Category: Parkinson's Disease: Cognitive functions
Objective: To assess the relationship between volumetric measures of cholinergic basal forebrain (CBF) degeneration and short-latency sensory afferent inhibition (SAI) in Parkinson’s disease (PD).
Background: Both CBF degeneration and altered SAI, which is believed to be mediated by cholinergic projections, have been independently associated with cognitive impairment in PD [1,2]. However, the relationship between both measures has not yet been tested in the context of PD.
Method: Fifty-seven PD patients, recruited prospectively from our movement disorders unit, underwent median nerve SAI and 3T structural MRI to determine the basal forebrain volume following published procedures [3,4]. In our primary analyses, we used the total anatomic CBF space as an overall measure of CBF degeneration, and in secondary analyses we considered functionally defined anterior-medial (aCBF) and posterior-lateral (pCBF) subdivisions separately. The Parkinson’s Disease Cognitive Rating Scale (PDCRS)  total score (PDCRST) and the fronto-subcortical (PDCRSF-SC) and posterior cortical (PDCRSP-C) subscores were used to assess the cognitive status of the participants. Partial correlations, controlling for age, sex, years of education, and total intracranial volume, were used for statistical analyses.
Results: The percentage of SAI showed significant positive correlations with the PDCRST score (Pearson’s r = 0.33, p = 0.016) and the PDCRSP-C subscore (r = 0.54, p < 0.001), but not with PDCRSF-SC (r = 0.24, p = 0.078). The total CBF volume showed significant positive correlations with all three PDRCS scores (all p < 0.05), which were most pronounced with the PDCRSP-C score. Furthermore, we found a trend-level relationship between SAI and total CBF volume (r = 0.25, p = 0.073), which was driven by the pCBF (r = 0.32, p = 0.019; aCBF, r =0.14, p = 0.30).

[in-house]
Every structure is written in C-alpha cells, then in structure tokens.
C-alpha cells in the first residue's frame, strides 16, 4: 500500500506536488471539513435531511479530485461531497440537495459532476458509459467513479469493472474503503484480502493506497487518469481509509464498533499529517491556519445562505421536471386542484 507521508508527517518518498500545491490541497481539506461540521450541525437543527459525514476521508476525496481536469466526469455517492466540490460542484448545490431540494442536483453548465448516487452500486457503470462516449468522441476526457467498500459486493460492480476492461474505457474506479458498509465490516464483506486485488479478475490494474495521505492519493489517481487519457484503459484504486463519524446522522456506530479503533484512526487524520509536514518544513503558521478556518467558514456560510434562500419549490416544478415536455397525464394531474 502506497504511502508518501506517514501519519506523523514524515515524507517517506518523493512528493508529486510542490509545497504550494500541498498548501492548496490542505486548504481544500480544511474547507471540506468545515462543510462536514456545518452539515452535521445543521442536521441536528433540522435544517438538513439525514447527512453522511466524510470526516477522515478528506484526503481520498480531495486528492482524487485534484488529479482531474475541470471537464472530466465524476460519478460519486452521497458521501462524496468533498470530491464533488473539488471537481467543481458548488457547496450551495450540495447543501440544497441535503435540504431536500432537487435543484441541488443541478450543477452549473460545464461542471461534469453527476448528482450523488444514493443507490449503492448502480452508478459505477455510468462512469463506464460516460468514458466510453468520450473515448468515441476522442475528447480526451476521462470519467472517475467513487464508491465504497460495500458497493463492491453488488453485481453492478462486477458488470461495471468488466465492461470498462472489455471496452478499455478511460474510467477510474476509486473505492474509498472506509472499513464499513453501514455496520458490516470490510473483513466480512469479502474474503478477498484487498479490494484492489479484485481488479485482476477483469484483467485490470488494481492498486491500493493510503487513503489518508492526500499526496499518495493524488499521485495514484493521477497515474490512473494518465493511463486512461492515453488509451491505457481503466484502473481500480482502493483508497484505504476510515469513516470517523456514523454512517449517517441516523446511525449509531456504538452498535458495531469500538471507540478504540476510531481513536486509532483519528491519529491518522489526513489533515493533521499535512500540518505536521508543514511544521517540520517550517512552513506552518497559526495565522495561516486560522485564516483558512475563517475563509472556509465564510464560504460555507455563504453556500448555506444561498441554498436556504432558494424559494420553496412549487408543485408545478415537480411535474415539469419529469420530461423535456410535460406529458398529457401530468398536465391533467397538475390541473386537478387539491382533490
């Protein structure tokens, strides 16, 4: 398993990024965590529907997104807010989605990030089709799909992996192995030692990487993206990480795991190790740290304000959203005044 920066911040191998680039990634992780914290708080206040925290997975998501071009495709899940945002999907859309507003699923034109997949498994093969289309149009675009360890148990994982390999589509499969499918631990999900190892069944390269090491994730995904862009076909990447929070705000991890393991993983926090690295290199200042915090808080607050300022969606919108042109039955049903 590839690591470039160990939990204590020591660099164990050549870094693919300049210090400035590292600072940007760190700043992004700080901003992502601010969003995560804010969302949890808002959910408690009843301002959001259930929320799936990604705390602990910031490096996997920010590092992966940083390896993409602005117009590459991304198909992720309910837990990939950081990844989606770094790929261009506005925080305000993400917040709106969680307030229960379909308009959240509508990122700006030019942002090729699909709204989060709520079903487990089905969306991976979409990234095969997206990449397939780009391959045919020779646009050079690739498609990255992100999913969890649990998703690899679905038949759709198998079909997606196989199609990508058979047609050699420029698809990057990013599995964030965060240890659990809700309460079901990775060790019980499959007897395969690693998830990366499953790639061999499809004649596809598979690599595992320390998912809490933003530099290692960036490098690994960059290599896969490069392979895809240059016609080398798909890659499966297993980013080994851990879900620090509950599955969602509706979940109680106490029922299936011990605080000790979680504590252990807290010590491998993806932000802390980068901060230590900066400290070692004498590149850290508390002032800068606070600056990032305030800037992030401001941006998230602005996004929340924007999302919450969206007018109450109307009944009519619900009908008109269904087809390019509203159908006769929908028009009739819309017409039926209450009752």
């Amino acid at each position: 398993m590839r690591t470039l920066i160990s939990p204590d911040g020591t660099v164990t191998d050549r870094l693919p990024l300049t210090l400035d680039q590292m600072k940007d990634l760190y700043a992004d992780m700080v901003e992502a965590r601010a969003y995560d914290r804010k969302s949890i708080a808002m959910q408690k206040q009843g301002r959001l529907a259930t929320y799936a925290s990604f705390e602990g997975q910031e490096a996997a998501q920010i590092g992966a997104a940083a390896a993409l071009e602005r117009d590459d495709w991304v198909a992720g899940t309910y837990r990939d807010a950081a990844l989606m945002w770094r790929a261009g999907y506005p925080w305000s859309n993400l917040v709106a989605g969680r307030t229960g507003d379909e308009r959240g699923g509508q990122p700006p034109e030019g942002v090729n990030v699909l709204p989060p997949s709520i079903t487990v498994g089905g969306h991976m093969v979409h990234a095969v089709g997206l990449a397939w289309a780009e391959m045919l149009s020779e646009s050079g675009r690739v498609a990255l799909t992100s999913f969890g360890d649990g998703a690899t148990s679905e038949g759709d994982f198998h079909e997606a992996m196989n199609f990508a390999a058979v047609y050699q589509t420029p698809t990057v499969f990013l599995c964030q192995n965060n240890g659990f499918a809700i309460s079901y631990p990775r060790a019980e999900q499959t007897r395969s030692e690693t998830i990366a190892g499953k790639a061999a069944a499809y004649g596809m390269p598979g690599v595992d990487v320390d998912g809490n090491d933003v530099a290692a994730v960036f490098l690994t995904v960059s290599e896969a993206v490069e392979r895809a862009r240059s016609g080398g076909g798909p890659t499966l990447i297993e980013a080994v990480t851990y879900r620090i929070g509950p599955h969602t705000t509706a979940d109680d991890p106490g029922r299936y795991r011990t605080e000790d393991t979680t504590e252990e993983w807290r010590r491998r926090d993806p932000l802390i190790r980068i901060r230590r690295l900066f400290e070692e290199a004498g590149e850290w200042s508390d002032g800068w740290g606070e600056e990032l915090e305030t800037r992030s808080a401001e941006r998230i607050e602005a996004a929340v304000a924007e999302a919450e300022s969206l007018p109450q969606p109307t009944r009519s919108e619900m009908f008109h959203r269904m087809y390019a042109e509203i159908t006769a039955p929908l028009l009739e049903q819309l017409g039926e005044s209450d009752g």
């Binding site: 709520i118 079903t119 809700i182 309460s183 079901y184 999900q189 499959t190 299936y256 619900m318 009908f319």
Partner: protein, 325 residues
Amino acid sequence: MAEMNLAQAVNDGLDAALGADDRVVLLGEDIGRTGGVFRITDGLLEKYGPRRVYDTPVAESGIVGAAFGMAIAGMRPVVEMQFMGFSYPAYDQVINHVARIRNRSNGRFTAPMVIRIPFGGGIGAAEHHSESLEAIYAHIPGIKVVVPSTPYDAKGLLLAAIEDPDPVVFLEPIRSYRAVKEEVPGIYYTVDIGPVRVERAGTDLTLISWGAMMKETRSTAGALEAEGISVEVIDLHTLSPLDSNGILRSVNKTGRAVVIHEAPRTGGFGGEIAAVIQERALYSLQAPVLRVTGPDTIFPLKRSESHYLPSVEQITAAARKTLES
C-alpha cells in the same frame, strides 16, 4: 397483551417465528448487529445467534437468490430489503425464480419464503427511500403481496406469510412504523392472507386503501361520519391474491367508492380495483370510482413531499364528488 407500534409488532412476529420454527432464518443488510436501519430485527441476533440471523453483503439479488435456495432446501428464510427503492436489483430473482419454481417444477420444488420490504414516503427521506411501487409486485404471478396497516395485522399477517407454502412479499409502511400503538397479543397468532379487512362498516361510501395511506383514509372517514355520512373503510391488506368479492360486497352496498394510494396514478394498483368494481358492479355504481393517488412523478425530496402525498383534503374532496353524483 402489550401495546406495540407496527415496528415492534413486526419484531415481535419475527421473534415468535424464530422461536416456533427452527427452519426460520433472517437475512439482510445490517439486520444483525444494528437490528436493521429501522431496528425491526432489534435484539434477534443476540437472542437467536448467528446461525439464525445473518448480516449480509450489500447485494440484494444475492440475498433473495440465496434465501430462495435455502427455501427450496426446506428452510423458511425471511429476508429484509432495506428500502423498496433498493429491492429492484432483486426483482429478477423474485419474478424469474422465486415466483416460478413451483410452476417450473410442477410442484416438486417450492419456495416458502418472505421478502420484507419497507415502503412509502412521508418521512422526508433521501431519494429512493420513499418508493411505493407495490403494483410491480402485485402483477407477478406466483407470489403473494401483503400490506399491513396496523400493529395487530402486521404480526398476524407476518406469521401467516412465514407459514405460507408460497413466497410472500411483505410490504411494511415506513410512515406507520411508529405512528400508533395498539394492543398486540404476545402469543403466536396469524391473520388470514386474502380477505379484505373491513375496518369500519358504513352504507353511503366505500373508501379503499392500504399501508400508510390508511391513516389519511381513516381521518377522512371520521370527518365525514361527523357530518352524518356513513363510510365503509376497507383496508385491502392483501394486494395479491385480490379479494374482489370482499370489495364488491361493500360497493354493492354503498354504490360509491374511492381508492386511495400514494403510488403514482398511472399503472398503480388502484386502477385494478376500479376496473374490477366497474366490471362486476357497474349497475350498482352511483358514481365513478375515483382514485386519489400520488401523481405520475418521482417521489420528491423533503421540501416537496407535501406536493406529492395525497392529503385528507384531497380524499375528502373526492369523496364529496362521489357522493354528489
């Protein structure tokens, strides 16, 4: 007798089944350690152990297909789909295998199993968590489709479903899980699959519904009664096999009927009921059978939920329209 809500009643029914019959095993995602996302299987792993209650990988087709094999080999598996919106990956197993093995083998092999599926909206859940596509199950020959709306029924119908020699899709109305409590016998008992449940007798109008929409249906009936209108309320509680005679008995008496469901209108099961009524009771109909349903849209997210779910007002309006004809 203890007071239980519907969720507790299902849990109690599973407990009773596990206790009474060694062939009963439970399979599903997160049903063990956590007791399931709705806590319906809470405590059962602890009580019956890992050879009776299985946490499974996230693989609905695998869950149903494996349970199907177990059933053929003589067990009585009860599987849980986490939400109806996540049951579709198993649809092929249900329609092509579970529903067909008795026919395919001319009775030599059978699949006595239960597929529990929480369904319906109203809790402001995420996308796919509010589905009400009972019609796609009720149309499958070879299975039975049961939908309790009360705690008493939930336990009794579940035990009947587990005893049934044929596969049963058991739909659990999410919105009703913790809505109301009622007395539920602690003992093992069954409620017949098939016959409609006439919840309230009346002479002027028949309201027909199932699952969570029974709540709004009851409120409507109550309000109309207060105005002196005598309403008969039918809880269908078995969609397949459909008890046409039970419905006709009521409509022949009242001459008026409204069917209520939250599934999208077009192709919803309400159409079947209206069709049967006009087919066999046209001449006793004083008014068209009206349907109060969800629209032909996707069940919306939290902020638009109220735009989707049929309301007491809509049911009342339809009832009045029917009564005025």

Conclusion: Our results confirm that both CBF volume and the degree of cortical inhibition measured by SAI are associated with cognitive performance in PD, which reinforces the hypothesis of the role of cholinergic neurotransmission in the cognitive status of these patients. Furthermore, our results suggest that SAI represents a neurophysiological correlate of CBF degeneration in PD.
References:  Ray NJ et al. Brain 2018, 141: 165-75
 Martin-Rodriguez JF & Mir, P. Neuroscience Letters 2020, 719: 133679
 Tokimura H et al. Journal of Physiology 2000, 523: 503-13
 Fritz HJ et al. Human Brain Mapping 2019, 40: 868-78
To cite this abstract in AMA style:JF. Martín-Rodríguez, P. Franco Rosado, E. Iglesias Camacho, AM. Castellano-Gerrero, MA. Labrador-Espinosa, B. Villarreal, L. Muñoz-Delgado, D. Macías-García, P. álvarez Toledo, M. San Eufrasio, M. Reina Castillo, S. Jesús, A. Adarmes-Gómez, F. Carrillo, MJ. Grothe, P. Mir. Relationship between cholinergic basal forebrain volume and short-latency sensory afferent inhibition in Parkinson’s disease with varying degrees of cognitive performance [abstract]. Mov Disord. 2022; 37 (suppl 2). https://www.mdsabstracts.org/abstract/relationship-between-cholinergic-basal-forebrain-volume-and-short-latency-sensory-afferent-inhibition-in-parkinsons-disease-with-varying-degrees-of-cognitive-performance/. Accessed September 25, 2023.
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